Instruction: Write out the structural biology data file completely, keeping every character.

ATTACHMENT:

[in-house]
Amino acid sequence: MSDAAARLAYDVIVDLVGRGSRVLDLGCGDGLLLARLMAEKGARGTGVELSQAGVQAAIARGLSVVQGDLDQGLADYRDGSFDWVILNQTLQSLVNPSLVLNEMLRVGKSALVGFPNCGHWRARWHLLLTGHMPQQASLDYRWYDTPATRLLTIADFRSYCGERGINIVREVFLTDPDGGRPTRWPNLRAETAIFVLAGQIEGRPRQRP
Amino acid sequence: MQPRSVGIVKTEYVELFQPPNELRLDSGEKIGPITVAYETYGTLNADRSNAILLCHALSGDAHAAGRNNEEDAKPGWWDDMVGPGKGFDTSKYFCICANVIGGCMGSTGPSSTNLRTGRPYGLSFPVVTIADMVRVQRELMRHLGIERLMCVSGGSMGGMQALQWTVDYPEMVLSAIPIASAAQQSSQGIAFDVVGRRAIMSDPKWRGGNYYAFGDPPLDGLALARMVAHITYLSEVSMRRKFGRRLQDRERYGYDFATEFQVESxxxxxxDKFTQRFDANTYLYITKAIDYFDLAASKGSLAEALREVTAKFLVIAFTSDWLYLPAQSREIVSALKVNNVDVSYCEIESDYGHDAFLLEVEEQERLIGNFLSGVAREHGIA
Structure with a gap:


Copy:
[in-house]
Amino acid sequence: MSDAAARLAYDVIVDLVGRGSRVLDLGCGDGLLLARLMAEKGARGTGVELSQAGVQAAIARGLSVVQGDLDQGLADYRDGSFDWVILNQTLQSLVNPSLVLNEMLRVGKSALVGFPNCGHWRARWHLLLTGHMPQQASLDYRWYDTPATRLLTIADFRSYCGERGINIVREVFLTDPDGGRPTRWPNLRAETAIFVLAGQIEGRPRQRP
Amino acid sequence: MQPRSVGIVKTEYVELFQPPNELRLDSGEKIGPITVAYETYGTLNADRSNAILLCHALSGDAHAAGRNNEEDAKPGWWDDMVGPGKGFDTSKYFCICANVIGGCMGSTGPSSTNLRTGRPYGLSFPVVTIADMVRVQRELMRHLGIERLMCVSGGSMGGMQALQWTVDYPEMVLSAIPIASAAQQSSQGIAFDVVGRRAIMSDPKWRGGNYYAFGDPPLDGLALARMVAHITYLSEVSMRRKFGRRLQDRERYGYDFATEFQVESxxxxxxDKFTQRFDANTYLYITKAIDYFDLAASKGSLAEALREVTAKFLVIAFTSDWLYLPAQSREIVSALKVNNVDVSYCEIESDYGHDAFLLEVEEQERLIGNFLSGVAREHGIA
Structure with a gap: